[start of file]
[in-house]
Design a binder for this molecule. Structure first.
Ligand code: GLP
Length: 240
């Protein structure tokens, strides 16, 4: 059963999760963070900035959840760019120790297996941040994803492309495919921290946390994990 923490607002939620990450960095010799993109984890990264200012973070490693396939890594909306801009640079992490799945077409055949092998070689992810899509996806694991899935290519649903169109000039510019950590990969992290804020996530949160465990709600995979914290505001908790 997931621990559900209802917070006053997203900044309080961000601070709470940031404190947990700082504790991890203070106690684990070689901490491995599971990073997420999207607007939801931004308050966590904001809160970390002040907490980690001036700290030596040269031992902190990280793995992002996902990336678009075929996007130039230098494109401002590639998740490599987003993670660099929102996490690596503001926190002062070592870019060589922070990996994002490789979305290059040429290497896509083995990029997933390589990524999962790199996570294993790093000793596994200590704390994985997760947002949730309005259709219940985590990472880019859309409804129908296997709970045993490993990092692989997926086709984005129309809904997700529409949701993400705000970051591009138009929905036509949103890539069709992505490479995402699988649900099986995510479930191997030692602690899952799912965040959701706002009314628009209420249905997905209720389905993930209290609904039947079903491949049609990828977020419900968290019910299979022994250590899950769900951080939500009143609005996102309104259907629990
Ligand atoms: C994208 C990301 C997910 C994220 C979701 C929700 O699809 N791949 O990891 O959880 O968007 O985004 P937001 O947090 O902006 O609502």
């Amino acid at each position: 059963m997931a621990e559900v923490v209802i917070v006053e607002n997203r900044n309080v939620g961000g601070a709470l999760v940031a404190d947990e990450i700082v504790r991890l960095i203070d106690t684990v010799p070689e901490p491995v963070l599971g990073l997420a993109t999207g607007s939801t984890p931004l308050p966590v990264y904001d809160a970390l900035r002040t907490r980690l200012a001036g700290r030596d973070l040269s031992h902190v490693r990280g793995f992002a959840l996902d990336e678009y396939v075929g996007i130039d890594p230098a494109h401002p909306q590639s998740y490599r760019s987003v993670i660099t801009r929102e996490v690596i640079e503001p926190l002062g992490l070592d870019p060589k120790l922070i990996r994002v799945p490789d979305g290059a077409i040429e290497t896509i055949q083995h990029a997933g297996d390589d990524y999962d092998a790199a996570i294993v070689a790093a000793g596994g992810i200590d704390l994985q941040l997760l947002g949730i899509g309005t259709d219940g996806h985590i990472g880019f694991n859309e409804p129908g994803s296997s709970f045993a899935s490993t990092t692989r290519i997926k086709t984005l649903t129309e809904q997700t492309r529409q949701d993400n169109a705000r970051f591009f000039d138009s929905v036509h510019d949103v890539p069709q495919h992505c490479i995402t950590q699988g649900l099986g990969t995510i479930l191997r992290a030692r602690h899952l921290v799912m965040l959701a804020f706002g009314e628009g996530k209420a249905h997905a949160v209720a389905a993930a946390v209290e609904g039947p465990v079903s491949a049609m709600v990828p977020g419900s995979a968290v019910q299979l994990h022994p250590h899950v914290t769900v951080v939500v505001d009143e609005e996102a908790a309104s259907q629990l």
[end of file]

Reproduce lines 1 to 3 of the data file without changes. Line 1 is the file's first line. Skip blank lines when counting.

[in-house]
Design a binder for this molecule. Structure first.
Ligand code: GLP